The deal however was to have unexpected sporting drawbacks, as in the early 1950s Cricketing umpire Frank Chester once explained that on a train journey to London - he had been confronted by Compton's image at Crewe, Wolverhampton and Birmingham and that: ‘I said to myself, 'I'm sick of the sight of that bugger. First chance I get tomorrow, I'm going to get rid of him’. True to his word, that day at Lord’s Cricket Ground he duly gave Compton out. Also, neither Arsenal nor the FA gave their permission for the deal and flatly refused for Compton’s Brylcreem ads to involve his wearing either an Arsenal or England Football shirt, through fear of ‘vulgarising’ the sacred colours.
Another one of Compton’s ‘peripherals’ was starring in a film called ‘Small Town Story’ in 1953, alongside Kent Walton (more famous for his days as ITV’s Wrestling commentator on the Saturday afternoon sports show ‘World of Sport’). Walton plays a Canadian serviceman, who returns to the English town of ‘Oldchester’ where he was stationed during the war and plays for the club’s side who are chasing promotion, yet gets spotted and signed up by Arsenal. The film was not a critical success, with one review complaining that: ‘The film may find sympathy among incorrigible football fans (the matches are neatly staged and efficiently photographed) but the inadequacy of both script and direction severely limits its appeal’. Due to its lack of success, it was on the BFI’s ‘Missing believed wiped’ list, before reappearing a few years ago.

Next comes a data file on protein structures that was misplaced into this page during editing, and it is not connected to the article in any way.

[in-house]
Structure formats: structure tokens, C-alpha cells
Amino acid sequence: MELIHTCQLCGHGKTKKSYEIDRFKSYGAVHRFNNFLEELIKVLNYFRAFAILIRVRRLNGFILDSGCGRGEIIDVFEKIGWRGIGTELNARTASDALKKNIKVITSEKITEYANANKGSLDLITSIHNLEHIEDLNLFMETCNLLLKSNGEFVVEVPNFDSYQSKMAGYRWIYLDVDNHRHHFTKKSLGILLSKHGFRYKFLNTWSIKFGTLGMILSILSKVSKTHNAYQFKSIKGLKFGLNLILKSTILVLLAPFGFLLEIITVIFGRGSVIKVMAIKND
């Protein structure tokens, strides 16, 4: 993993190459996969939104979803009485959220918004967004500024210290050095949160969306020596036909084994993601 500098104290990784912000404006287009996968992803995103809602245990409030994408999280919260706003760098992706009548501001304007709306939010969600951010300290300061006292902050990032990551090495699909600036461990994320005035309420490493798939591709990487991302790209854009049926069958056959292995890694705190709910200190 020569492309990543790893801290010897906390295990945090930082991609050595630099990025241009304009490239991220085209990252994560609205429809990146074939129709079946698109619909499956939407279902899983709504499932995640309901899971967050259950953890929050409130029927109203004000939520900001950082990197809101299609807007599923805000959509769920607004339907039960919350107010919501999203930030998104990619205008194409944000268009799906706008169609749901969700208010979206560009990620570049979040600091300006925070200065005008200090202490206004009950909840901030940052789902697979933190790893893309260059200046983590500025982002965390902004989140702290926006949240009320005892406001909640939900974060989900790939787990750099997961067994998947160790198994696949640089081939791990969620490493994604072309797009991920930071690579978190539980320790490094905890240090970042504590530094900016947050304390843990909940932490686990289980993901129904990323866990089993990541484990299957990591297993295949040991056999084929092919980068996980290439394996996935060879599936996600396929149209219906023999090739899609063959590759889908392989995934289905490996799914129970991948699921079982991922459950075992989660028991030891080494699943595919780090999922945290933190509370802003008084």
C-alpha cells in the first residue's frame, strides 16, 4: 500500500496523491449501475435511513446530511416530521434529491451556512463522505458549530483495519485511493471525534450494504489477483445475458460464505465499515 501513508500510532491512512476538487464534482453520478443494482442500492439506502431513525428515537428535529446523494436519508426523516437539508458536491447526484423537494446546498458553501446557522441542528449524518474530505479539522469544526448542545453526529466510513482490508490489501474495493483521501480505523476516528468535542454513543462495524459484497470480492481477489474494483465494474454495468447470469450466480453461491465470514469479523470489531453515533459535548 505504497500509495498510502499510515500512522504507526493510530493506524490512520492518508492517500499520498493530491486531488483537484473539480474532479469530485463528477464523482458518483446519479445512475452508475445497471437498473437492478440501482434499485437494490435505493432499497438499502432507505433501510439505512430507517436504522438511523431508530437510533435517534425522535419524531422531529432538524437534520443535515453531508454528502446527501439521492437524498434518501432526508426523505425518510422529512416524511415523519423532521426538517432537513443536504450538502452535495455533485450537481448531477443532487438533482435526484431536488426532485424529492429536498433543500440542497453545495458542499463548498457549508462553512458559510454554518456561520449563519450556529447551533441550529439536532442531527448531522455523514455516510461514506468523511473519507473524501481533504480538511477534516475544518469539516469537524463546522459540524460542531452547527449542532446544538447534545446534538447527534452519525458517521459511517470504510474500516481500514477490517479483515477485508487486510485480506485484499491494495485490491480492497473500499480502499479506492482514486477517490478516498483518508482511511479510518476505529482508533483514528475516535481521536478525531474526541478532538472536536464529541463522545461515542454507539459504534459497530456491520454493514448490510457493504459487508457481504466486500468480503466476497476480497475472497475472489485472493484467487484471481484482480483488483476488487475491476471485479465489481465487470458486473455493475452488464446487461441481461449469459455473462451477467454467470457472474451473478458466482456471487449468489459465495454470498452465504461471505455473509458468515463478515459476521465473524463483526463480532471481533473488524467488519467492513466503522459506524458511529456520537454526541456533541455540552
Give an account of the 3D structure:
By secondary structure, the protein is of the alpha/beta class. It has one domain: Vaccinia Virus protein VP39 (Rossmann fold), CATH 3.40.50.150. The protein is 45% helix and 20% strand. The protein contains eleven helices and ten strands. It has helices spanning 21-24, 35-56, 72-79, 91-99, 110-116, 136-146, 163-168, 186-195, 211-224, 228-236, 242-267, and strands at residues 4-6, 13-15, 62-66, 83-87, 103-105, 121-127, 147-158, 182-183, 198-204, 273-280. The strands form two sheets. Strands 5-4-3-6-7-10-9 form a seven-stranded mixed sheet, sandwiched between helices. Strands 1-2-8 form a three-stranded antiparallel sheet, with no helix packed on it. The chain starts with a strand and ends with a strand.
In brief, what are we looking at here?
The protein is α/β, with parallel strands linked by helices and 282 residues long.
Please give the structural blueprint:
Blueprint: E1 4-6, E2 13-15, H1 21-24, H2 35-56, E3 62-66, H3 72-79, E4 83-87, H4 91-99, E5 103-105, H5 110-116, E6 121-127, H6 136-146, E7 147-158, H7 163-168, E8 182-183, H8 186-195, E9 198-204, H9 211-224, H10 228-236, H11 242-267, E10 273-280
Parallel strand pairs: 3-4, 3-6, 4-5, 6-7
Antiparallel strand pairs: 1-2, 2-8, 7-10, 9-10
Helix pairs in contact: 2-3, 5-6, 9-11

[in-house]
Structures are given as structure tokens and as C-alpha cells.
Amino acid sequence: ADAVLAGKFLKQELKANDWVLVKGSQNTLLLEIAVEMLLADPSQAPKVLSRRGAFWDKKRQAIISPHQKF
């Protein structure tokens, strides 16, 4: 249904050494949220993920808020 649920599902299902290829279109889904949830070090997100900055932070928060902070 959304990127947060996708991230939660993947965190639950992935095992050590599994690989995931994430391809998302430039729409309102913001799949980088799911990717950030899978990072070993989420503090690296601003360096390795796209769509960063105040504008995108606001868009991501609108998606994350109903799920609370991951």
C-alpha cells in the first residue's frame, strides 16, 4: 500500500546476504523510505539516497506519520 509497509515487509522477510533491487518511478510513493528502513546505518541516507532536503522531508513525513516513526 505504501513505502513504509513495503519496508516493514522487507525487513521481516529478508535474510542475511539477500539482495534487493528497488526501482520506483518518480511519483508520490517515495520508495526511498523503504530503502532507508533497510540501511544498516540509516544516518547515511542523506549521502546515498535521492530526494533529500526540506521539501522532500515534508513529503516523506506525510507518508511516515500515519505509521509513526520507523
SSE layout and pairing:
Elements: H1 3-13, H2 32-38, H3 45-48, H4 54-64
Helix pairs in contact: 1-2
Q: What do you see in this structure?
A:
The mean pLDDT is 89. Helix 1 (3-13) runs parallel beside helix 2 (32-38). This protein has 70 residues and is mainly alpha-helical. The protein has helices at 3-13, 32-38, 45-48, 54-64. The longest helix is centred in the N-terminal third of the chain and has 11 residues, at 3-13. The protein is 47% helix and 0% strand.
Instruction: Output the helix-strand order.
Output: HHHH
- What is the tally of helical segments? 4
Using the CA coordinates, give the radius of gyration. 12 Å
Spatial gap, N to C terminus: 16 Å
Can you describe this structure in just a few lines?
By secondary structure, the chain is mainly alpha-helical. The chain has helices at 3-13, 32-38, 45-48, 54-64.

Aside from Highbury, there had also been an outing for Brentford’s Griffin Park at the movies. 1952 film ‘The Great Game’ (not related to the 1930 British football film of the same name), centred around the chairman of a top-flight English football club making an illegal approach to a rising star of a rival club, who once this is discovered is suspended by the football authorities. The film starred Thora Hird and Diana Dors, as well as featuring a guest cameo appearance from Tommy Lawton – then turning out for Brentford, just ahead of a transfer across town to Arsenal.